+1 vote
asked by (650 points)

Here by "QN" degeneracy I mean that two Index-QN pair defined in an IQIndex have the same QN (quantum number). For example, the following two pairs are degenerate :


if such degeneracy appears in the definition of IQIndex, than "segmentation fault" might happen. I seems we can redefine a Index-QN pair with two sector:


But it may have problems when we try to define operators. On the other hand, QN only receive at most 4 slots, I can no longer add an additional quantum number to distinguish these two states.

Thank you.

commented by (310 points)
Hi Junjie,

For your last question, I think maybe you can edit the qn.h to allow more QNs.

There are code as follows:

    QN(qn_t q0);

    QN(qn_t q0,
       qn_t q1);

    QN(qn_t q0,
       qn_t q1,
       qn_t q2);

    QN(qn_t q0,
       qn_t q1,
       qn_t q2,
       qn_t q3);

you may just try to add a similiar one:

    QN(qn_t q0,
       qn_t q1,
       qn_t q2,
       qn_t q3,
       qn_t q4);

Would that work?

commented by (650 points)
Hi, Zhiyu, it should work. But it seems that all quantum number defined in QN object should a good quantum number of the Hamiltonian, otherwise error occurs. I shall do some tests and discuss it with you later. Thank you.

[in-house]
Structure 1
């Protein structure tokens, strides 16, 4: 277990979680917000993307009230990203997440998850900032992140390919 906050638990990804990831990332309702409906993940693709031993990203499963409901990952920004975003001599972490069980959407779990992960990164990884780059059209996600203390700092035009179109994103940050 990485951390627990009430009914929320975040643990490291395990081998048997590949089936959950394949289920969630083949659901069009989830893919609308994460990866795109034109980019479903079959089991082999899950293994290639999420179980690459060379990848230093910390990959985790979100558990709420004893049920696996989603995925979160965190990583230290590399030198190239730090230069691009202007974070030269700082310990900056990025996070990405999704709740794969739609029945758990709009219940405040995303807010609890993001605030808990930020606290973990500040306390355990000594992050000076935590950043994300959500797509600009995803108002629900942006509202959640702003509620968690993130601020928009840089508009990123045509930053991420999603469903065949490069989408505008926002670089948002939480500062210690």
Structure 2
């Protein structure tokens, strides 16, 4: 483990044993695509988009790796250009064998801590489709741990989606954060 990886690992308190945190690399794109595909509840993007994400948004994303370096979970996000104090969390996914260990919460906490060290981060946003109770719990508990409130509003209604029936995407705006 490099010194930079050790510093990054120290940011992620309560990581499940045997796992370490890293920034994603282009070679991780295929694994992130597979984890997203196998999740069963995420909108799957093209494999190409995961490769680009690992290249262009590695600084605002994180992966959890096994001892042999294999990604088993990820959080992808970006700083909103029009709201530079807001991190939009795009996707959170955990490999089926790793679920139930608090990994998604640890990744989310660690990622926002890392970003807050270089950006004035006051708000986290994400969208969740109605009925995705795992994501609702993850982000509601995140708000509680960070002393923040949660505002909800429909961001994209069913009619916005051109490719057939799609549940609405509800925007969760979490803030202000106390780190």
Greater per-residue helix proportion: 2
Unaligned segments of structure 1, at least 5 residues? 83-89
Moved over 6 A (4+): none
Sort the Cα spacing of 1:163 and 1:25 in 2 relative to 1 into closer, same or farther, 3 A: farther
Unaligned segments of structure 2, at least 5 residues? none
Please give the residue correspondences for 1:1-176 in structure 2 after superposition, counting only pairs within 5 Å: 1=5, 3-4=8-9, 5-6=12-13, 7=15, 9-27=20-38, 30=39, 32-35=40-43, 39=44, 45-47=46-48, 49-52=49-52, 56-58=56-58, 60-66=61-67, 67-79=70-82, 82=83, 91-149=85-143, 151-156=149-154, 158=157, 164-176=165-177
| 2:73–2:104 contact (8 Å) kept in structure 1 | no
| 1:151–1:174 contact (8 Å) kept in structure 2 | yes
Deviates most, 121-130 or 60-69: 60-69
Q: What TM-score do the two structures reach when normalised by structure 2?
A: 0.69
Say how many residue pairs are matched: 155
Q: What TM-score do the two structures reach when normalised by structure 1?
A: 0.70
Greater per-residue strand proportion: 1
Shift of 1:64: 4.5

1 Answer

0 votes
answered by (70.1k points)

Hi Junjie,
Sorry I haven't replied sooner. Based on my understanding of your situation, I think the correct way to proceed is to define some of the Index objects making up your IQIndex definition to have a size greater than 1. So I mean the second thing you suggested.

You said about this second way that "it may have problems when we try to define operators" but I don't see how it would lead to a problem defining operators. Can you tell me what problem you think it would cause when defining operators?

If it helps, recall that when you "index" into an IQIndex, meaning when you write I(n) for some IQIndex "I" and an integer "n", then the associated sector (the things labeled by the Index-QN object pairs) is determined by counting through the sizes of each sector, starting from the beginning. So if all of the sectors (Index objects) are of size 1, as it usually the case for a site IQIndex, then the n'th value corresponds to the n'th sector. But this doesn't have to be the case. If, say, the first sector has size 1 and the second sector has size 2, then I(3) means we are still in the second sector, just the second value within the second sector.
(This concept is briefly explained here in the diagram near the end: http://itensor.org/docs.cgi?page=book/iqindex in the diagram near the end showing the "Index value").

So for defining an operator there should not necessarily be a problem for some of the sectors to have a size > 1.


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